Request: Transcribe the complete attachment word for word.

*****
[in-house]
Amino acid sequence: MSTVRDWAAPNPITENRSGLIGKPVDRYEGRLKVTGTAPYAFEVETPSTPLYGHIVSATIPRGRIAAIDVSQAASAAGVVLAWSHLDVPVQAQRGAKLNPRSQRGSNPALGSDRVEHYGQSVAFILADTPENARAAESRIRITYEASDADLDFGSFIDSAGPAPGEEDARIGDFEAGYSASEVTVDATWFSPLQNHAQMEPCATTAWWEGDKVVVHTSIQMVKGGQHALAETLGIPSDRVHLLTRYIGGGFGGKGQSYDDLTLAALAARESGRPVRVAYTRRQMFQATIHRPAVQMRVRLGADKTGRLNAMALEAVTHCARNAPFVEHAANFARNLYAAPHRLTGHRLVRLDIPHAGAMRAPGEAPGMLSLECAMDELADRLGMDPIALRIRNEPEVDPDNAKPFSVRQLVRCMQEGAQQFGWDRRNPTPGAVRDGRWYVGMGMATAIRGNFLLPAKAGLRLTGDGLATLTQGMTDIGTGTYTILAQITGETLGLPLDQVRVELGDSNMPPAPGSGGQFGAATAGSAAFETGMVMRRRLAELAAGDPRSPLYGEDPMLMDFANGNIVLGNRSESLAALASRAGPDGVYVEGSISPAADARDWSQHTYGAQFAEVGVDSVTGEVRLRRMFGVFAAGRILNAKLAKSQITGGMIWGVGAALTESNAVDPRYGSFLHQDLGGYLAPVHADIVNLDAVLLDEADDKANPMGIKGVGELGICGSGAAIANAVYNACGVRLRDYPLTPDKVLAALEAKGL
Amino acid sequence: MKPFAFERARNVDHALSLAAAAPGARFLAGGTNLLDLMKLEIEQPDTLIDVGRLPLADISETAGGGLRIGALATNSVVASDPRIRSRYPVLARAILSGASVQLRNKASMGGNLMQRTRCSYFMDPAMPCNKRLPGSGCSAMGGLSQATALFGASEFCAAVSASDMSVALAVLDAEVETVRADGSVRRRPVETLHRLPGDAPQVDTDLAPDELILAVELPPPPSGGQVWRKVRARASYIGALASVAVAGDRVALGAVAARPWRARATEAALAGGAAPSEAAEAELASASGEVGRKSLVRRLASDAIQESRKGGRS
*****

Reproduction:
[in-house]
Amino acid sequence: MSTVRDWAAPNPITENRSGLIGKPVDRYEGRLKVTGTAPYAFEVETPSTPLYGHIVSATIPRGRIAAIDVSQAASAAGVVLAWSHLDVPVQAQRGAKLNPRSQRGSNPALGSDRVEHYGQSVAFILADTPENARAAESRIRITYEASDADLDFGSFIDSAGPAPGEEDARIGDFEAGYSASEVTVDATWFSPLQNHAQMEPCATTAWWEGDKVVVHTSIQMVKGGQHALAETLGIPSDRVHLLTRYIGGGFGGKGQSYDDLTLAALAARESGRPVRVAYTRRQMFQATIHRPAVQMRVRLGADKTGRLNAMALEAVTHCARNAPFVEHAANFARNLYAAPHRLTGHRLVRLDIPHAGAMRAPGEAPGMLSLECAMDELADRLGMDPIALRIRNEPEVDPDNAKPFSVRQLVRCMQEGAQQFGWDRRNPTPGAVRDGRWYVGMGMATAIRGNFLLPAKAGLRLTGDGLATLTQGMTDIGTGTYTILAQITGETLGLPLDQVRVELGDSNMPPAPGSGGQFGAATAGSAAFETGMVMRRRLAELAAGDPRSPLYGEDPMLMDFANGNIVLGNRSESLAALASRAGPDGVYVEGSISPAADARDWSQHTYGAQFAEVGVDSVTGEVRLRRMFGVFAAGRILNAKLAKSQITGGMIWGVGAALTESNAVDPRYGSFLHQDLGGYLAPVHADIVNLDAVLLDEADDKANPMGIKGVGELGICGSGAAIANAVYNACGVRLRDYPLTPDKVLAALEAKGL
Amino acid sequence: MKPFAFERARNVDHALSLAAAAPGARFLAGGTNLLDLMKLEIEQPDTLIDVGRLPLADISETAGGGLRIGALATNSVVASDPRIRSRYPVLARAILSGASVQLRNKASMGGNLMQRTRCSYFMDPAMPCNKRLPGSGCSAMGGLSQATALFGASEFCAAVSASDMSVALAVLDAEVETVRADGSVRRRPVETLHRLPGDAPQVDTDLAPDELILAVELPPPPSGGQVWRKVRARASYIGALASVAVAGDRVALGAVAARPWRARATEAALAGGAAPSEAAEAELASASGEVGRKSLVRRLASDAIQESRKGGRS